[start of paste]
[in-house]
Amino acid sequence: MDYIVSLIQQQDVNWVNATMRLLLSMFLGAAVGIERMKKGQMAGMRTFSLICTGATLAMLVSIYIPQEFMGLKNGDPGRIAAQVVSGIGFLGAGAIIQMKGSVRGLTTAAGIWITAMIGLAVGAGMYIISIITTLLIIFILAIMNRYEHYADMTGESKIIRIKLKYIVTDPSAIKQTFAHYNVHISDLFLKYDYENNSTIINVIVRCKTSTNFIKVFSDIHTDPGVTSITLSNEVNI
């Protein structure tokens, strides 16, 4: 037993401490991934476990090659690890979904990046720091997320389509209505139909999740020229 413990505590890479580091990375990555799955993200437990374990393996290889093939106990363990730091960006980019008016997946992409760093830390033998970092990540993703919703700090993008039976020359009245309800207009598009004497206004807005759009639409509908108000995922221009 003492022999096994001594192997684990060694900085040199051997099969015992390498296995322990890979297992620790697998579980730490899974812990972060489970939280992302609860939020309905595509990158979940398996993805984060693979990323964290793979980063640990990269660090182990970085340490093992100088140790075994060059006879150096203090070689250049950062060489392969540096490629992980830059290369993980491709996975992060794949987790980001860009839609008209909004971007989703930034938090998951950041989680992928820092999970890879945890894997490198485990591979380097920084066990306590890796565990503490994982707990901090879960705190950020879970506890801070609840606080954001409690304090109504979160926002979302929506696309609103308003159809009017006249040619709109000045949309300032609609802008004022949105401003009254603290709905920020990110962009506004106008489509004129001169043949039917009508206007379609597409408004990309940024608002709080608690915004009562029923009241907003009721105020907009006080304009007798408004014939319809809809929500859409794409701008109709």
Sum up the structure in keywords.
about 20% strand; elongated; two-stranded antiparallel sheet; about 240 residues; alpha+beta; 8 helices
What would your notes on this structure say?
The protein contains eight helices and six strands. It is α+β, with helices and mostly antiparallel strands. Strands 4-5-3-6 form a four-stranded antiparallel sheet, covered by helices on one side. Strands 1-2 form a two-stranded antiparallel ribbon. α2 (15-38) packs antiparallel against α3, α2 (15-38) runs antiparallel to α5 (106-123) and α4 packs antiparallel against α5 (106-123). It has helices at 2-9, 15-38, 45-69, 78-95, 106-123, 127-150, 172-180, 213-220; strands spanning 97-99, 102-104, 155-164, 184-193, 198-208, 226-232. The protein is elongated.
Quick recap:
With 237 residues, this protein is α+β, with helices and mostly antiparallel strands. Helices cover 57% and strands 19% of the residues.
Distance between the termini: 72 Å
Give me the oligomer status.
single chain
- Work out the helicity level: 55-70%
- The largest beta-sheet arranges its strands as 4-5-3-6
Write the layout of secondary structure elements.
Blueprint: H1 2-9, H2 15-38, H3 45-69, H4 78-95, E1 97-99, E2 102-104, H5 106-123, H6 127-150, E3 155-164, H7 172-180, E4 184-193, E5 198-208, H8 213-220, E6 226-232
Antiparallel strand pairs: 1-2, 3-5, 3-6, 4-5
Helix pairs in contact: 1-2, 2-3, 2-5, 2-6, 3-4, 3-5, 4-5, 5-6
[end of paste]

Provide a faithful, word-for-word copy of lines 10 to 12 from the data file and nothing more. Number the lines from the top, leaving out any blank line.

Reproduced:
Distance between the termini: 72 Å
Give me the oligomer status.
single chain